It makes sense in a religious context.  In a society in which our survival and our worth is based on what we can sell, it is difficult to convince others of.  But I'm anti-capitalist, so I can talk to like-minded folks in that way, or people who believe in certain kinds of community living.
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Junior

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Re: Religion
« Reply #1343 on: February 21, 2016, 11:49:16 PM »
I knew I was coming to the right place. That's all really interesting insight, and I'll be stealing some of it for class tomorrow, so thanks for that!

I like this distinction between actual products and their essences/elements. That all makes good sense. I keep thinking about how this (being both this particular instance and the whole text) would work in our society. It's all founded on this principle of the estate system, where the royalty and knights protect the lands, the clergy protect the people's souls, and the people provide the food and products for everybody. Langland is really invested in this, and he mostly throws stones at those who would pervert it. Part of an earlier section calls for the kings to care especially for the poorest among his people, because it means he's doing a bad job of being a king. Kind of fascinating stuff.

Perhaps even more interesting is the way it treats the church. It is deeply skeptical of the way that the church and people within it lie about their holiness in order to get rich or fat off of the easily fooled populace. And it says that the way towards Truth comes not through Holy Church's teachings (she's a character in it, and a nice lady) but through an internal journey of the soul and the will. Very interesting stuff. We read a bunch of Augustine and Aquinas, so we know about a good deal of the thoughts on this particular subject. I could recommend a really good translation if you're interested.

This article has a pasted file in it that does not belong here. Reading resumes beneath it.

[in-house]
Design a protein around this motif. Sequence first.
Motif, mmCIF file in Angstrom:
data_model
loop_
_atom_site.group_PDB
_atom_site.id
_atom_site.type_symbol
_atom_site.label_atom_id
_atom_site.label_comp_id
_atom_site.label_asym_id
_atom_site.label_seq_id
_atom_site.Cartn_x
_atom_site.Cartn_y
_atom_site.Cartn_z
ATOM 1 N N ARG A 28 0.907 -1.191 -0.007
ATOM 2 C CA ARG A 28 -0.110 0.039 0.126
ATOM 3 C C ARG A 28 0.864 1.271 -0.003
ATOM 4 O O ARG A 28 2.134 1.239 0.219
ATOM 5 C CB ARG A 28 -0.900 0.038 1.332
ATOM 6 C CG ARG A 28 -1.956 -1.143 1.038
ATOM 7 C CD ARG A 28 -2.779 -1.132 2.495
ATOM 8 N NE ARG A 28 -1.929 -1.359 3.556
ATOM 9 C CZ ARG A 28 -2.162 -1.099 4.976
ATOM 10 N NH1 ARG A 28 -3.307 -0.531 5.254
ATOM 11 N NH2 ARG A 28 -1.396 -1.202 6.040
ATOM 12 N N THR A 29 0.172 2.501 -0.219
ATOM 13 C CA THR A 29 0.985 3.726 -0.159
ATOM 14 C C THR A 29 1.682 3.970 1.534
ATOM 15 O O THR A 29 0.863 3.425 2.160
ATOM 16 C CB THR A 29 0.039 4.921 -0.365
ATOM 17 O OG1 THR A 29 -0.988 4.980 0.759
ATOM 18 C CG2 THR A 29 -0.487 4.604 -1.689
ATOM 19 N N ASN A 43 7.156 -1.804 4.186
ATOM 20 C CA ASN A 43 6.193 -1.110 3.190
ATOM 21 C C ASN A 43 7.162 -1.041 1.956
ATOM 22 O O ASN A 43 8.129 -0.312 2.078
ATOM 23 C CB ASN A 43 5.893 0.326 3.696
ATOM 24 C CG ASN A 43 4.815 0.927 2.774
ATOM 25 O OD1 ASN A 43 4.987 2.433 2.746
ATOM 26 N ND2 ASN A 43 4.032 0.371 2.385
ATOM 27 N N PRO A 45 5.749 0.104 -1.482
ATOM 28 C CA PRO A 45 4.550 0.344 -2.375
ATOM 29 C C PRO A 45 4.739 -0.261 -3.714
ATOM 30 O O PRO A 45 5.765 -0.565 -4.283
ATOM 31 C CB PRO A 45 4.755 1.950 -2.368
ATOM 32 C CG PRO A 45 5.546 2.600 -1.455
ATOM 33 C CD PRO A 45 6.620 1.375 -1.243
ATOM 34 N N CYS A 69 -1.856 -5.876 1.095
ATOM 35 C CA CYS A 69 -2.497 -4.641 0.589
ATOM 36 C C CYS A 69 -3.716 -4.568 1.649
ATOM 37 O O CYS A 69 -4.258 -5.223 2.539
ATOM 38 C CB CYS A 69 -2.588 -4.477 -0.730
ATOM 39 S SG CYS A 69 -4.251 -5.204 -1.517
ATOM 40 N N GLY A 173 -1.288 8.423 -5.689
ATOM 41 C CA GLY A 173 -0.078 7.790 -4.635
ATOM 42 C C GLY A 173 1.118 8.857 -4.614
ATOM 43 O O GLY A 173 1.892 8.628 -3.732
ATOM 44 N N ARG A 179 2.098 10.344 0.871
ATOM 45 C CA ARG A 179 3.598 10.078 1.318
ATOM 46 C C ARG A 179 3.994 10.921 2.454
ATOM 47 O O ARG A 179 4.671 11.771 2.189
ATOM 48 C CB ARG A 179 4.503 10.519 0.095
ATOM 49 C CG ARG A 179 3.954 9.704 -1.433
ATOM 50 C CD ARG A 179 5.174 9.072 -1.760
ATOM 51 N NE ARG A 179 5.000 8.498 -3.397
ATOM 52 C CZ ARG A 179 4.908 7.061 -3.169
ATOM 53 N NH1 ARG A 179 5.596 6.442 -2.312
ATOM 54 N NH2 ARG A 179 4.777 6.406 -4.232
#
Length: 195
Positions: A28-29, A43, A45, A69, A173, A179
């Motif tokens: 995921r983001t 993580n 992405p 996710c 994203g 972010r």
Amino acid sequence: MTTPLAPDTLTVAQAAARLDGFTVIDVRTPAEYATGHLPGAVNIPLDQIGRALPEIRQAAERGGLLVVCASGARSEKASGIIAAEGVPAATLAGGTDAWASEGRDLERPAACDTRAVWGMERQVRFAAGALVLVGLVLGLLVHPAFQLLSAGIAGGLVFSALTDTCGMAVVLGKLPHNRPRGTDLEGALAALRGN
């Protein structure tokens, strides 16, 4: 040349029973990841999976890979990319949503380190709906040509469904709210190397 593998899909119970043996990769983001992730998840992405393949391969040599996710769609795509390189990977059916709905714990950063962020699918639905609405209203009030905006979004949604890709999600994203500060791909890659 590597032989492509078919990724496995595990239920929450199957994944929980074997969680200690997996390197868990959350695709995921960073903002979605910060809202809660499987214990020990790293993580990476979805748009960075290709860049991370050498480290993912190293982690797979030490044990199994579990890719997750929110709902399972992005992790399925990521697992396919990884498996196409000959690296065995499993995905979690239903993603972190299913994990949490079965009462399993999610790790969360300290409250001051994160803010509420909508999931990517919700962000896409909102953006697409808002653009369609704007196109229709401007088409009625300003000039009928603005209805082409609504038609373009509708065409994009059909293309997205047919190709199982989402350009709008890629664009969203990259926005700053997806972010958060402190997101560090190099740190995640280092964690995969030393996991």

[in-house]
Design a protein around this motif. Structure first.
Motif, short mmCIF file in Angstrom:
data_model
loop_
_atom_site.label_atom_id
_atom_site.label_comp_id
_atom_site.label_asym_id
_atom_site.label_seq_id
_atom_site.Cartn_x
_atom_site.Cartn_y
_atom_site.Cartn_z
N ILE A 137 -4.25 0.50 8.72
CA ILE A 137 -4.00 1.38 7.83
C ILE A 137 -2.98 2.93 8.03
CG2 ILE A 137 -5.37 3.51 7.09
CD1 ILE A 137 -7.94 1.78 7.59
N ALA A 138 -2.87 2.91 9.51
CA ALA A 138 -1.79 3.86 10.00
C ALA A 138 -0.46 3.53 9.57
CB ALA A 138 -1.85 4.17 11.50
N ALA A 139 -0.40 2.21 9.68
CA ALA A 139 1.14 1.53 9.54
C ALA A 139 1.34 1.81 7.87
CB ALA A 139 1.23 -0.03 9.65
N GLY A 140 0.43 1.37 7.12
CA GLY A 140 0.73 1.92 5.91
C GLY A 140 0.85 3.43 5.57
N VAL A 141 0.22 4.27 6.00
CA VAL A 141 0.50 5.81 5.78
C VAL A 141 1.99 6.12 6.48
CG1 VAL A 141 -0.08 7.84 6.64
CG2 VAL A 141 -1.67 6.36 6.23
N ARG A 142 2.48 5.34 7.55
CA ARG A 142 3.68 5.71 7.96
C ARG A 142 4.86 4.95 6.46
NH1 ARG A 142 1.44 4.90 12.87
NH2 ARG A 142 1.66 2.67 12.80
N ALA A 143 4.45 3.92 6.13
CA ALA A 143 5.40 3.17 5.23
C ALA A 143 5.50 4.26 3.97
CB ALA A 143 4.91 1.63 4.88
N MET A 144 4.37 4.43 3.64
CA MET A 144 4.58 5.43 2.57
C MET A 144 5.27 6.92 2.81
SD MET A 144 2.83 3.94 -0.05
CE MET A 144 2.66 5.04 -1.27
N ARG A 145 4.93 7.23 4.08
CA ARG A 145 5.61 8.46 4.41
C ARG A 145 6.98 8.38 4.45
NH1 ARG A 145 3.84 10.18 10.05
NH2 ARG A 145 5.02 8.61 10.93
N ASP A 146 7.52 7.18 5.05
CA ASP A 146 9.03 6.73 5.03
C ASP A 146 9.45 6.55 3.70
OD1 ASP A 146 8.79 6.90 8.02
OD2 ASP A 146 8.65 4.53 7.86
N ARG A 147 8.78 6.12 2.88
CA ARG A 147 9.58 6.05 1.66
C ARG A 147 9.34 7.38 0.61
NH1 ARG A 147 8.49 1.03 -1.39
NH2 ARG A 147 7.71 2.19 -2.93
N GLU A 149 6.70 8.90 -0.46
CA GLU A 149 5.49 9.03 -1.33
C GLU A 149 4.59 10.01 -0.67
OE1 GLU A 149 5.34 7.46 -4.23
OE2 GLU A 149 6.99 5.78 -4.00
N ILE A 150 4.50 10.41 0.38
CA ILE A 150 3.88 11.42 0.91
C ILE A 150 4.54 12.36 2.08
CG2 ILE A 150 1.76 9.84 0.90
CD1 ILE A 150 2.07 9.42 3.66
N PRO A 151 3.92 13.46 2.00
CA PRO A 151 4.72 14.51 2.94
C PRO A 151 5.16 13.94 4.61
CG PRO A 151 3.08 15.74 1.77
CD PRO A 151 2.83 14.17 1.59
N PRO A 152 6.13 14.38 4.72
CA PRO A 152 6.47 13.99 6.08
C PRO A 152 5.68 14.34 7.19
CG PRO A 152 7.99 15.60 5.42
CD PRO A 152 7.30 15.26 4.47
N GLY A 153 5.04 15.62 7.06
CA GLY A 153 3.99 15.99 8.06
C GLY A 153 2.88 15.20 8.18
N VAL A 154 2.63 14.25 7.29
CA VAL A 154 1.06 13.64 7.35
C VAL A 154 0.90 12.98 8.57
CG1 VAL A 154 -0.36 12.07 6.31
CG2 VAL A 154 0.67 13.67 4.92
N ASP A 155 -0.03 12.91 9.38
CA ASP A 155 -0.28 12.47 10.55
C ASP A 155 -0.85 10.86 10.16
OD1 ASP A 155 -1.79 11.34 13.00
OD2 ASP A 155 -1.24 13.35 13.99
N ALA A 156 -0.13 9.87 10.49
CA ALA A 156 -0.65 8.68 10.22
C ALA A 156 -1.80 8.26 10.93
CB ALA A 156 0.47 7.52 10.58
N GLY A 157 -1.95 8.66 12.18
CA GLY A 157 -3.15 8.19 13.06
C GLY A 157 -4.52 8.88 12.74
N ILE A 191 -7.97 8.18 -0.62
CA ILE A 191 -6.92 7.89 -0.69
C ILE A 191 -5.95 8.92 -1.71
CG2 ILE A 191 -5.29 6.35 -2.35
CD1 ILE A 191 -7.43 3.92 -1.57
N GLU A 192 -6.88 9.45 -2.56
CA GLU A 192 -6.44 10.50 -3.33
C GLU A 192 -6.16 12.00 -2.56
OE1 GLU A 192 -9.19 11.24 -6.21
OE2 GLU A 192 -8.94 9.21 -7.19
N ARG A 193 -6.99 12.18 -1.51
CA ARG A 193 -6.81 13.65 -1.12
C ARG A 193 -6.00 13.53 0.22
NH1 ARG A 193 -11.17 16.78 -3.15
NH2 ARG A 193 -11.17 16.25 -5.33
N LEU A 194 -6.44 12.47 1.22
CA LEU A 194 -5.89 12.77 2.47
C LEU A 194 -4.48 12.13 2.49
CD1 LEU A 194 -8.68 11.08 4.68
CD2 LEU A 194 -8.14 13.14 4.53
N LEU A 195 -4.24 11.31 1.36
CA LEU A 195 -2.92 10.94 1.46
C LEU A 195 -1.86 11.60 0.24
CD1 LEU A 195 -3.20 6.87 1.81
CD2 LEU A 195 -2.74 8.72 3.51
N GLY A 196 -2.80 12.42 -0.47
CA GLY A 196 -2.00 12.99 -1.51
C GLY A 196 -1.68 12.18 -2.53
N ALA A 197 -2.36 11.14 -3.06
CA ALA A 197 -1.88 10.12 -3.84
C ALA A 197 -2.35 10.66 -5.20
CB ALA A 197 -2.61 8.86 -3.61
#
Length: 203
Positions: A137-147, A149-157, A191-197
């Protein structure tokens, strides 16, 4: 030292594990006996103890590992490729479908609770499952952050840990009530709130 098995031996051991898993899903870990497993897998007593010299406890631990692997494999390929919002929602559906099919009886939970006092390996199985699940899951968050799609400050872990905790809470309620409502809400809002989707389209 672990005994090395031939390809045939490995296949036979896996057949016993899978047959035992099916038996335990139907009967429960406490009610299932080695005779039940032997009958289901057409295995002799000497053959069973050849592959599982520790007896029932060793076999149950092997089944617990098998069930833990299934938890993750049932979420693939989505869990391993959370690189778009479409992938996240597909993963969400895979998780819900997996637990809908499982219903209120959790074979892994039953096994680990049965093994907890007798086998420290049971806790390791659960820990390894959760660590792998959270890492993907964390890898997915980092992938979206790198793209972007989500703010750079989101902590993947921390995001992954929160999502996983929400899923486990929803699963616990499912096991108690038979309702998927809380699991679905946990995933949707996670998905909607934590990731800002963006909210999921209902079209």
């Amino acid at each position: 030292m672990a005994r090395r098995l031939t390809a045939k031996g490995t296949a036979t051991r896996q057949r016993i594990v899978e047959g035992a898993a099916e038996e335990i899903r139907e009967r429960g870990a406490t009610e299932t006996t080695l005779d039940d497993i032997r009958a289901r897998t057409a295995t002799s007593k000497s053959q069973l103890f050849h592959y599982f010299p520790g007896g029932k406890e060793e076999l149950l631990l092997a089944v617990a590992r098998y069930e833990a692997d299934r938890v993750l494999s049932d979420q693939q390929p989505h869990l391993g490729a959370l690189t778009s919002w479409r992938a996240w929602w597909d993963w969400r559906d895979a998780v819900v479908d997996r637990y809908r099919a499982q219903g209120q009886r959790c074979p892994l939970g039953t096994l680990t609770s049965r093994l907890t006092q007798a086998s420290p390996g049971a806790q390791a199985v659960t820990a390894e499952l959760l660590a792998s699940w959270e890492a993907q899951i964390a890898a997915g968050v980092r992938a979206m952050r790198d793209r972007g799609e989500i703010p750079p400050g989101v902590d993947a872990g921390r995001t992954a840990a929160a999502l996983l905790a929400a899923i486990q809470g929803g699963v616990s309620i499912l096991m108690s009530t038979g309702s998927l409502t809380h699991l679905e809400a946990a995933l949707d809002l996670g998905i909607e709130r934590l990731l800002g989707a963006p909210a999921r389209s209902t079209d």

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oldkid

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Re: Religion
« Reply #1344 on: February 22, 2016, 02:45:46 AM »
I am.  And it looks like I'd need a decent translation.
"It's not art unless it has the potential to be a disaster." Bansky

Junior

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Re: Religion
« Reply #1345 on: February 22, 2016, 11:50:28 PM »
This is the one I'm using: http://www.amazon.com/William-Langlands-Piers-Plowman-Version/dp/0812215613

George Economou is the guy's name. Maybe your library can get it?
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oldkid

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Re: Religion
« Reply #1346 on: February 29, 2016, 01:22:21 AM »
What do you mean?  I can get a hardcover for just a bit more than a thousand dollars-- bargain!
"It's not art unless it has the potential to be a disaster." Bansky

Sam the Cinema Snob

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Re: Religion
« Reply #1347 on: November 05, 2016, 01:12:37 PM »
Even stormtroopers believe in Jesus.



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IDrinkYourMilkshake

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Re: Religion
« Reply #1348 on: November 05, 2016, 01:29:13 PM »
Tonight is Bonfire night in the UK. An annual celebration during which we celebrate BURNING CATHOLICS TO DEATH.

All in good fun, though.

That's enough out of me.